Recently, an NDA came across my desk for review that shocked me. This NDA included the following:
The Consultant hereby assigns to the Corporation its entire right, title and interest in or to any idea, invention, product, program (including written programs and documentation) and written works hereafter made, developed, created, discovered, conceived or written wholly or in part by the Consultant: 1. at any time while hired by the Corporation, or assigned to perform an executive, managerial, planning, technical, research, programming, system analysis, or engineering capacity (including development, manufacturing, systems, field and customer engineering) for or on behalf of the Corporation; and 2. which relates in any manner to the actual or anticipated business, research or development of the Corporation, or is suggested by or results from any task assigned to the Consultant or work performed by the Consultant for or on behalf of the Corporation.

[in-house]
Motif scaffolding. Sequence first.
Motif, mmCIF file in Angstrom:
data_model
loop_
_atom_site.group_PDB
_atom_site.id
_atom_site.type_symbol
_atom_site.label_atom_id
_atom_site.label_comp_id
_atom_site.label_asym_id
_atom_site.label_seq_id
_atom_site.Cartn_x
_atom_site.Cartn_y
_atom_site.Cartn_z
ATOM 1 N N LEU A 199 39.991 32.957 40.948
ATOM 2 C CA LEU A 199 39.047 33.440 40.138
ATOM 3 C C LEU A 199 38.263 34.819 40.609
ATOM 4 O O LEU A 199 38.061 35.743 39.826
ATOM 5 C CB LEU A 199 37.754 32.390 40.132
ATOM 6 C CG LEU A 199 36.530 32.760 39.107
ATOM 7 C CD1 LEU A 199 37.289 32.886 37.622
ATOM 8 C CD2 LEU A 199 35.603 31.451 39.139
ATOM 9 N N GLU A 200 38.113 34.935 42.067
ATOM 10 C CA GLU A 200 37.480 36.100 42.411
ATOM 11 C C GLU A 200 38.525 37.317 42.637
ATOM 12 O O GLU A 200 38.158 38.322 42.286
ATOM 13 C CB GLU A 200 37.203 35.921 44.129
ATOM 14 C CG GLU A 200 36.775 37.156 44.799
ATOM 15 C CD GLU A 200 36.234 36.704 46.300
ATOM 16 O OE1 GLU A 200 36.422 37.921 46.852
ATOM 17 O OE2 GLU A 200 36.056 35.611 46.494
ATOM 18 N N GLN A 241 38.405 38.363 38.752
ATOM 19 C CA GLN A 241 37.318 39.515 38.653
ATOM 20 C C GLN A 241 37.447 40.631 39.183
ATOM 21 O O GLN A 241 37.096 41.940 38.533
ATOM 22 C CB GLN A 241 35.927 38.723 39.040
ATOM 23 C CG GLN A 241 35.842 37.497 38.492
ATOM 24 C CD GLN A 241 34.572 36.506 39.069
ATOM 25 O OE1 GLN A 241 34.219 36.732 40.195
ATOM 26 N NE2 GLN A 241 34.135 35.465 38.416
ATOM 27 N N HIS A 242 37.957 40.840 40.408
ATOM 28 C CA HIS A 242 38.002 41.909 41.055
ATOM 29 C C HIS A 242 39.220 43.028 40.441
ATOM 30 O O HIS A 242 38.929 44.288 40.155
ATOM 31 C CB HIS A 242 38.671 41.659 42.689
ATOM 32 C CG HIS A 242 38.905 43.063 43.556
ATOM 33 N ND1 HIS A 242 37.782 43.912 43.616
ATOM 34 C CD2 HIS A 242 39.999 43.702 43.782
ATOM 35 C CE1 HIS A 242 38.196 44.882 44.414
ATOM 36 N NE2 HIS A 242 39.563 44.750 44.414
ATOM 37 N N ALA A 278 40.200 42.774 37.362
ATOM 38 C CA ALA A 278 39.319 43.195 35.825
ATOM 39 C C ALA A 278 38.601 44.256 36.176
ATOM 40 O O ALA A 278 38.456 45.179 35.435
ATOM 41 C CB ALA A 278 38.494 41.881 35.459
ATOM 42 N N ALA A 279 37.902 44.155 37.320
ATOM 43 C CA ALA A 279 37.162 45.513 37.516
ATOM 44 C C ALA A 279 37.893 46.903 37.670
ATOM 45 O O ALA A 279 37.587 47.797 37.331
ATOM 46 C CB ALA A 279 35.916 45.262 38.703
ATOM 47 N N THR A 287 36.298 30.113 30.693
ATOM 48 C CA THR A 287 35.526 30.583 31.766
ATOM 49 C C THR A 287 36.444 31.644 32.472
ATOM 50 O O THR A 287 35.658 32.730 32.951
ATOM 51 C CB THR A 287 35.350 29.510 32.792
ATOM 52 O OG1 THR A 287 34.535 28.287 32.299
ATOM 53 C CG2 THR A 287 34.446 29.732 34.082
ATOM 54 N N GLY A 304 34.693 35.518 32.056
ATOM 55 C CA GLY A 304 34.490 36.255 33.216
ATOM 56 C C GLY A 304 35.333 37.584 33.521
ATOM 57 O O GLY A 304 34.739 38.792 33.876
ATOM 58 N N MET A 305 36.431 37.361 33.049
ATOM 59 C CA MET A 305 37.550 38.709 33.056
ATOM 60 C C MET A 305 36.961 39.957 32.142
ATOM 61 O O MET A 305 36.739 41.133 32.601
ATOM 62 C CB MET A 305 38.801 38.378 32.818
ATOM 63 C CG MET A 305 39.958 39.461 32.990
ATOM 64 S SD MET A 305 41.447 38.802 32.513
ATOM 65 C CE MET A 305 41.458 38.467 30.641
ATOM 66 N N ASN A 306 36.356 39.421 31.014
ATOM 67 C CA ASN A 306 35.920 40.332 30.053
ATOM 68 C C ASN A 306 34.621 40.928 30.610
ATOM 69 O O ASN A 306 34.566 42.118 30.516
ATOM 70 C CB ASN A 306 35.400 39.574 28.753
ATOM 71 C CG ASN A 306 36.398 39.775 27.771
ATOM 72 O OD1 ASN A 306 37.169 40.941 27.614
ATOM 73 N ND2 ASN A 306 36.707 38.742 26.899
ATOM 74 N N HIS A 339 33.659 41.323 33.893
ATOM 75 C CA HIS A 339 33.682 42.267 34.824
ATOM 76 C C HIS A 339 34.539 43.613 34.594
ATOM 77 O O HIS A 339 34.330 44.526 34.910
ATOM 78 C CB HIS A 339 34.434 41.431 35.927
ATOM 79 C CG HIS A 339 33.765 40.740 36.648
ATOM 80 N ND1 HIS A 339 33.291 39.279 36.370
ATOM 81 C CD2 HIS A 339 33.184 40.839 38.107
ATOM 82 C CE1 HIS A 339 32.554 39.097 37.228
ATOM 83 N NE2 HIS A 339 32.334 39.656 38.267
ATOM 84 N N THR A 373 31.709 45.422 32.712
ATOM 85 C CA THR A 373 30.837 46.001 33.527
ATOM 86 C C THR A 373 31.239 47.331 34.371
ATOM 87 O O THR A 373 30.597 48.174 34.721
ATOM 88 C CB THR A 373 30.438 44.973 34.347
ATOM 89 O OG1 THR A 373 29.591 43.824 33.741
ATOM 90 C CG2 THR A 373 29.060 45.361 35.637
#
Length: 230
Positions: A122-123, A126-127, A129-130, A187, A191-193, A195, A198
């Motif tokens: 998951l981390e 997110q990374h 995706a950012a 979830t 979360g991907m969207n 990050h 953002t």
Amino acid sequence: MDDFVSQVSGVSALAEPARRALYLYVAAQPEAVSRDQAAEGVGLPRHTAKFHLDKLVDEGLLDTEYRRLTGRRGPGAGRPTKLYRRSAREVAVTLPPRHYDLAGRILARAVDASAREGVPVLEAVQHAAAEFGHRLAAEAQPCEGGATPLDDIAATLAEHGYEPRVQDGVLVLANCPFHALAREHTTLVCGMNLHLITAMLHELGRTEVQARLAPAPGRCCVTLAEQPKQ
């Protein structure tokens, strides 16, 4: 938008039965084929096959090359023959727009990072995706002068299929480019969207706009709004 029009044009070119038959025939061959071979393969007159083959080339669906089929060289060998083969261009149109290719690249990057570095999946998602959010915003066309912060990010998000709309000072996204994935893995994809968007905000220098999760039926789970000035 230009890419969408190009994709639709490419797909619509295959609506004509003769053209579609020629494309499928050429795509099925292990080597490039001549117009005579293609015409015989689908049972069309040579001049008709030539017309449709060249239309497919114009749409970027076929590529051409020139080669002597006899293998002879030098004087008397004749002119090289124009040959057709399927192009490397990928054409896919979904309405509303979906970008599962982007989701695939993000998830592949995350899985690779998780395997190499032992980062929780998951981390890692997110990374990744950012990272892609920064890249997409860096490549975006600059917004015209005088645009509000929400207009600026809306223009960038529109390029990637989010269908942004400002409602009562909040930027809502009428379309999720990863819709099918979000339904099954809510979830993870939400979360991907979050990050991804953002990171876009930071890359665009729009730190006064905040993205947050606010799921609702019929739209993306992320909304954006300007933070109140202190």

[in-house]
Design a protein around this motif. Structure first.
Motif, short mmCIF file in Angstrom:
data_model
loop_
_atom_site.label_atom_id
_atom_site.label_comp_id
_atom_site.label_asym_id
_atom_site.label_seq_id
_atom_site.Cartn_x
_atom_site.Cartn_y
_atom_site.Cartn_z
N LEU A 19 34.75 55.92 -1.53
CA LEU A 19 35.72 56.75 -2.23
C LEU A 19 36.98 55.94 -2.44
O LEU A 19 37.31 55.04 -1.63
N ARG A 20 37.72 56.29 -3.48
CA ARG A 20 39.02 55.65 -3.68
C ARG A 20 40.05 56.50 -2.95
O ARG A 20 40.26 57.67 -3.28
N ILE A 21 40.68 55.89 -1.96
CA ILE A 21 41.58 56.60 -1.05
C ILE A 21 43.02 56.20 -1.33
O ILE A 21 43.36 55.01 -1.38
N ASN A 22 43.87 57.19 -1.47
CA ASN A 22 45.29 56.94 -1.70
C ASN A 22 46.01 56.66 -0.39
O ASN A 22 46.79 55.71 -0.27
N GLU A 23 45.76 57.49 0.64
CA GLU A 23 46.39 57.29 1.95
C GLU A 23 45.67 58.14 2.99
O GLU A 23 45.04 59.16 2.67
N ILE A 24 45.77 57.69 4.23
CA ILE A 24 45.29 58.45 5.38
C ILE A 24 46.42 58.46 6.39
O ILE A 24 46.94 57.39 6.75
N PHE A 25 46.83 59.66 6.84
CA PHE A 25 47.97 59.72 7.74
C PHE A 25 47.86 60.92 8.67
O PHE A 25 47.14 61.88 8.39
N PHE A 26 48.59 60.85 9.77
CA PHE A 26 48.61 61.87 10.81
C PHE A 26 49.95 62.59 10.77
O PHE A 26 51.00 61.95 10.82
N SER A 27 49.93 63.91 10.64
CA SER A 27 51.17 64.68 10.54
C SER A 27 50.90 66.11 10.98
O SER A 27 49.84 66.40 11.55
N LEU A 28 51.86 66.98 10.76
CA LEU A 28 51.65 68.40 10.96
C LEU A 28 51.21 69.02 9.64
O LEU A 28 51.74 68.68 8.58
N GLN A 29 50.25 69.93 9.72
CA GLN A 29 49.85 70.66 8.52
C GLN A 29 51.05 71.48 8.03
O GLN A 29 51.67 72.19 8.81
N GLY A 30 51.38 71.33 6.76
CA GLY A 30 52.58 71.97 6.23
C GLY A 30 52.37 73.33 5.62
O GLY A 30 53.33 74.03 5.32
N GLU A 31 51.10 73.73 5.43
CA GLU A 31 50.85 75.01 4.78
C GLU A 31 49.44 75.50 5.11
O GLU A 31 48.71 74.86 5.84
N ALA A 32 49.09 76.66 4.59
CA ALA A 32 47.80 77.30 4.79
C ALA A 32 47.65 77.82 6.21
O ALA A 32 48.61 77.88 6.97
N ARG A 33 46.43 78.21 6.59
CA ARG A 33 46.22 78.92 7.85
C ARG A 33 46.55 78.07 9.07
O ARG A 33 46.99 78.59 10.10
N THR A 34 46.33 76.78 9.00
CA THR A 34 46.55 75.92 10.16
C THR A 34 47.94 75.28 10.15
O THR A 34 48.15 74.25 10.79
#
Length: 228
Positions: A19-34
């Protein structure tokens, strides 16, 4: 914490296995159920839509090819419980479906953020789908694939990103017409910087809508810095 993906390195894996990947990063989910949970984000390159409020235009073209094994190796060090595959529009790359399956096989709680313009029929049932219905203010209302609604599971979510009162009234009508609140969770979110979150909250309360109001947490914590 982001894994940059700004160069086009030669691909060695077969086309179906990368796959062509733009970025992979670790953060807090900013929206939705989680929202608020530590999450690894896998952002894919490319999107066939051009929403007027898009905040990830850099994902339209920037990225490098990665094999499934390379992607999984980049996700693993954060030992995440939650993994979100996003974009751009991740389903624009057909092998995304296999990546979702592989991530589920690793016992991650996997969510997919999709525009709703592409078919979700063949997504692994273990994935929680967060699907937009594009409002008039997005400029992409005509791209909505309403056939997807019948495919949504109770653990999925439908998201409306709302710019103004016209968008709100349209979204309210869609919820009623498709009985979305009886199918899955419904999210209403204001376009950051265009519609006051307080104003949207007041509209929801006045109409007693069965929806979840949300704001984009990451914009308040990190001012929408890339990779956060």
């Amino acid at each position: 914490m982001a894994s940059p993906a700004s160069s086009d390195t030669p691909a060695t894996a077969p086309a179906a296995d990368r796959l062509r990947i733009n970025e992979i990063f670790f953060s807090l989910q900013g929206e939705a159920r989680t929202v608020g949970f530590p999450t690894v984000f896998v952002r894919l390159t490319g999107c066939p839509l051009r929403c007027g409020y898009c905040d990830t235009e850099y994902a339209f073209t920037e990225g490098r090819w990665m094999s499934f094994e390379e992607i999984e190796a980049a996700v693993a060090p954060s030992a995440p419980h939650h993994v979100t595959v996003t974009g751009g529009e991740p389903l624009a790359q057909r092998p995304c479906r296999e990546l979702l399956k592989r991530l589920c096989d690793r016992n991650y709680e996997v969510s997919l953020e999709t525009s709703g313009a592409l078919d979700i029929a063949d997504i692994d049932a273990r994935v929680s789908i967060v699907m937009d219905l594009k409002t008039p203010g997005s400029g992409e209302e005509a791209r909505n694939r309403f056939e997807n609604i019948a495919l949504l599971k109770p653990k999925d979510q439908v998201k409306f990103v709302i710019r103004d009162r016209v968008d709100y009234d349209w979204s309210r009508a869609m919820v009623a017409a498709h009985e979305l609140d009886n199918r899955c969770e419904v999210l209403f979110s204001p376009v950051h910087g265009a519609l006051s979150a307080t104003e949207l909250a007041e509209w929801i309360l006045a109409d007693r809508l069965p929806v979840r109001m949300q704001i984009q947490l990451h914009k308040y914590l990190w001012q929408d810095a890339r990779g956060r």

Not only does an assignment of rights have no place in an NDA, but this assignment purports to assign anything and everything that relates to the corporation’s business developed by the consultant after the date of the NDA. This grant may be too outrageous to be enforceable, but it’s dangerous at that.
The lesson here is be careful what you sign. Don’t assume the boilerplate isn’t meaningful or dangerous.
There’s more on what to look at when signing an NDA here.